Suella Braverman vows to stop migrant Channel crossings with new laws

Suella Braverman vows to stop migrant Channel crossings with new laws

Suella Braverman said it would “betray” British voters not to tackle the “waves of illegal migrants breaching our border” as she unveiled plans for new laws to curb Channel crossings.

The Home Secretary said legislation would be introduced which means asylum seekers will be detained and “swiftly removed” if they arrive in the UK through unauthorised means.

People crossing the Channel will not be able to claim asylum in the UK and will face a lifetime ban on returning after they are removed and they will never be allowed to settle in the country or gain citizenship.

She told MPs on Tuesday: “For a Government not to respond to waves of illegal migrants breaching our borders would be to betray the will of the people we were elected to serve.”

Speaking in the Commons, Ms Braverman added: “They will not stop coming here until the world knows that if you enter Britain illegally you will be detained and swiftly removed.

“Removed back to your country if it is safe, or to a safe third country like Rwanda. And that is precisely what this Bill will do. That is how we will stop the boats.”

Meanwhile Prime Minister Rishi Sunak is visiting Dover and will set out the plans during a press conference later.

Labour’s shadow home secretary Yvette Cooper branded the Bill a “con” and described the plans as “Groundhog Day” less than a year after reforms were brought into force under the Nationality and Borders Act.

Illegal Migration Bill
Home Secretary Suella Braverman spoke in the Commons (House of Commons/PA)

The comments came in the wake of criticism from campaigners who said the proposed policy would be unworkable.

But Ms Braverman said the need for reform is “obvious and urgent” as the asylum system now costs the British taxpayer more than £3 billion a year and amid a record number of cases awaiting a decision.

She insisted the Government has not “sat on its hands” but added: “We’re procuring accommodation, including on military land, to end the farce of accommodating migrants in hotels.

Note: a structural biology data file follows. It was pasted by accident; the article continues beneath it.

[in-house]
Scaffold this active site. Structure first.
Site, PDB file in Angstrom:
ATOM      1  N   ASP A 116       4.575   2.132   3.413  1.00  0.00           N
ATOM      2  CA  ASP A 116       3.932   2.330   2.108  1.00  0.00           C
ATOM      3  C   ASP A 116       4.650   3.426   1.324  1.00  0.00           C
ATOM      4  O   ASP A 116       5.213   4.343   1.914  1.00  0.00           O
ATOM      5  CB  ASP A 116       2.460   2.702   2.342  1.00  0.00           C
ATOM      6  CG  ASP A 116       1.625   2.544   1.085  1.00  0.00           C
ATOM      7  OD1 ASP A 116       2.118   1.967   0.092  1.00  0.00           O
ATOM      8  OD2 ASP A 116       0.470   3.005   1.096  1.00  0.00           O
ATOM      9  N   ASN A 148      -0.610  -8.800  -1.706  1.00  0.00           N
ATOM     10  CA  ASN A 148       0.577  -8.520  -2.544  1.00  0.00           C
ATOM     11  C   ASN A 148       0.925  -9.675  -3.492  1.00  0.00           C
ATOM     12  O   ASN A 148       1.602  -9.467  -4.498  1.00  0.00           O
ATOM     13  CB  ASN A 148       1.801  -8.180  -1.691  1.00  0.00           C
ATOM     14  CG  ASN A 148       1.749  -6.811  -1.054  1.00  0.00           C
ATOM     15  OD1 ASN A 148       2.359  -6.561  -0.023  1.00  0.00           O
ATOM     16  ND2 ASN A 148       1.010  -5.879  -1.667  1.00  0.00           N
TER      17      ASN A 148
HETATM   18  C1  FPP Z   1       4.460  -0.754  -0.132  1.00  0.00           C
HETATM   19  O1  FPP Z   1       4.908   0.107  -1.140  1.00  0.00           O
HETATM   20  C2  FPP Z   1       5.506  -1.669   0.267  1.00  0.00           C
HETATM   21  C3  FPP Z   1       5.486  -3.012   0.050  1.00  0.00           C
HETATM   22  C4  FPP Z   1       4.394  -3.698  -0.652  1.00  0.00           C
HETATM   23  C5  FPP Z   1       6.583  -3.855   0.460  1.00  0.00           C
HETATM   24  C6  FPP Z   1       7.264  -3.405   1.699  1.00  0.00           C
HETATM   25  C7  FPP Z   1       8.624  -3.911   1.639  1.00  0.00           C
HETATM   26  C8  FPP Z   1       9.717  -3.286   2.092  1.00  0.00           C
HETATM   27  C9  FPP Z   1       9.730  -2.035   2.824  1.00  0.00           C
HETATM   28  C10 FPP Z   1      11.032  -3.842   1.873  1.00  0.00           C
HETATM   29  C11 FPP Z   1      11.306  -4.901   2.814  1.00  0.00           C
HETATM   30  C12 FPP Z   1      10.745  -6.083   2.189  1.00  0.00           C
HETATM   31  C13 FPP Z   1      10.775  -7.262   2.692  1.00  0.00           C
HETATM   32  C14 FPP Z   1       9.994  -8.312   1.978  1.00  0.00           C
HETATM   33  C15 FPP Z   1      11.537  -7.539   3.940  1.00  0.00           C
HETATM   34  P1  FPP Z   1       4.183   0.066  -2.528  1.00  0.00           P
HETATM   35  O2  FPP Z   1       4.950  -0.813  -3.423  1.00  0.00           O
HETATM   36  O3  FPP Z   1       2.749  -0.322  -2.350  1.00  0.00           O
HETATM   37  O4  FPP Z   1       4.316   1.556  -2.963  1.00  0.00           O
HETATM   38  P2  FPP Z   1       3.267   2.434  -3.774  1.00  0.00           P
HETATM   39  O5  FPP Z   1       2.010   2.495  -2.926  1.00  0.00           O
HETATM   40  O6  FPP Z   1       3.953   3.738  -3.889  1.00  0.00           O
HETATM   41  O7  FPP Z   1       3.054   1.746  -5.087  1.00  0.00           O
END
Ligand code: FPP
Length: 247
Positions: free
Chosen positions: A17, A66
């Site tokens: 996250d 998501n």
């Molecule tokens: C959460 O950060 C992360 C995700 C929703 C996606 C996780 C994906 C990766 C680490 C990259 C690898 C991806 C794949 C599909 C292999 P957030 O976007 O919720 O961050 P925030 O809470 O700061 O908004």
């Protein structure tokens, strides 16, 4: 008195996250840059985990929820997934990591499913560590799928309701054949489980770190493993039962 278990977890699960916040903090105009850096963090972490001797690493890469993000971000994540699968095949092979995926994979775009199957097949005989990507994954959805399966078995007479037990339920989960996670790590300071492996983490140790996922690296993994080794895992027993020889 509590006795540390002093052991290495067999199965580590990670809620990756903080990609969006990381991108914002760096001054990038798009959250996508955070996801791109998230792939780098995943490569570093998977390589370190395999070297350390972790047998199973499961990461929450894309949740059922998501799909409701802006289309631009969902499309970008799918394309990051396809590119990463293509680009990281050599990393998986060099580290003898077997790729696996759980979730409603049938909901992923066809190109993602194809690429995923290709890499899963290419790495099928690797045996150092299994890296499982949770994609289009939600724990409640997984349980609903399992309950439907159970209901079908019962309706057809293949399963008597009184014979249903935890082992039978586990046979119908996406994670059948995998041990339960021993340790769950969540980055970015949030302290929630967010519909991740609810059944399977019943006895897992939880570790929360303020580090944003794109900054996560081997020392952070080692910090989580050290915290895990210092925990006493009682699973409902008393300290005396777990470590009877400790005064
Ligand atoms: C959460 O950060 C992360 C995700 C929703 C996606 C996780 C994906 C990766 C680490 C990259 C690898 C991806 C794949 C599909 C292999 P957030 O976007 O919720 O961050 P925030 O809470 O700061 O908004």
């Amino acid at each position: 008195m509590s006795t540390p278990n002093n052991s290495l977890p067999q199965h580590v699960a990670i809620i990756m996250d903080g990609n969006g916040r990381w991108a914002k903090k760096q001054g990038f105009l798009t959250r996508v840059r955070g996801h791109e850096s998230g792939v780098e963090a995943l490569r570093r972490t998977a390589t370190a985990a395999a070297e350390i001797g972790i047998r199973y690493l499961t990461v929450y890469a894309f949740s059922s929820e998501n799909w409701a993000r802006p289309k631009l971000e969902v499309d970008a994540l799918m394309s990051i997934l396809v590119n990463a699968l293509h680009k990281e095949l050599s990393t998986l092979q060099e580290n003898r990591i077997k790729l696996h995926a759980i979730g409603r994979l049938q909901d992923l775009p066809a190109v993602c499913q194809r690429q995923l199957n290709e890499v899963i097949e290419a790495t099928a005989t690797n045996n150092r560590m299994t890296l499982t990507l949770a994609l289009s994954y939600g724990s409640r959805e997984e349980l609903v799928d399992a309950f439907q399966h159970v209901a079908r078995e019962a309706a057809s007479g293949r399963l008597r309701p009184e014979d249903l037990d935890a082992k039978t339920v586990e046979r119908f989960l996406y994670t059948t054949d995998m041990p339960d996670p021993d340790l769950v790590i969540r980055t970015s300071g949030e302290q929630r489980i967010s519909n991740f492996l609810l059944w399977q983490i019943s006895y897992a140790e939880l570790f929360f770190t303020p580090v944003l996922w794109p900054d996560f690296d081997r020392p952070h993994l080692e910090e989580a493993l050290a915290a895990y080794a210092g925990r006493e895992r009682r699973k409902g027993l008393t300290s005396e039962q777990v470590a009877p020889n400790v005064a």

“Let’s be honest, it’s still not enough. In the face of today’s global migration crisis, yesterday’s laws are simply not fit for purpose.”

Asylum applications in the UK by nationality
(PA Graphics)

The Bill allows the detention of illegal arrivals without bail or judicial review within the first 28 days of detention, until they can be removed, Ms Braverman said.

It also places a duty on the Home Secretary to remove illegal entrants and it will “radically narrow the number of challenges and appeals that can suspend removal”.

Only children under the age of 18, and those who are “unfit to fly or at a real risk of serious and irreversible harm – an exceedingly high bar – in the country we are removing them to will be able to delay their removal”, she said.

Any other claims will be heard “remotely” after removal.

The Bill will also introduce an annual cap, to be decided by Parliament, on the number of refugees the UK will offer sanctuary to through safe and legal routes, Ms Braverman said.

In a letter seen by the PA news agency, Ms Braverman told MPs the Government was “testing the limits” and “remain confident that this Bill is compatible with international law” but there is a “more (than) 50% chance” it may not be compatible with the European Convention on Human Rights.

People detected crossing the English Channel in small boats
(PA Graphics)

Mr Sunak vowed to “stop the boats” and “grip” illegal migration as one of his five priorities for his premiership while facing pressure to tackle the issue amid dire polling figures for the Tories.

Changing the law was the most important part of the plan, he argued, as he promised it would see the UK “take back ­control of our borders, once and for all”.

In 2022 a record 45,755 migrants arrived in the UK after crossing the Channel.

More than 3,000 have already made the journey so far this year. Home Office figures show 197 made the crossing on Monday – the first arrivals since February 24 – taking the total to date to 3,150.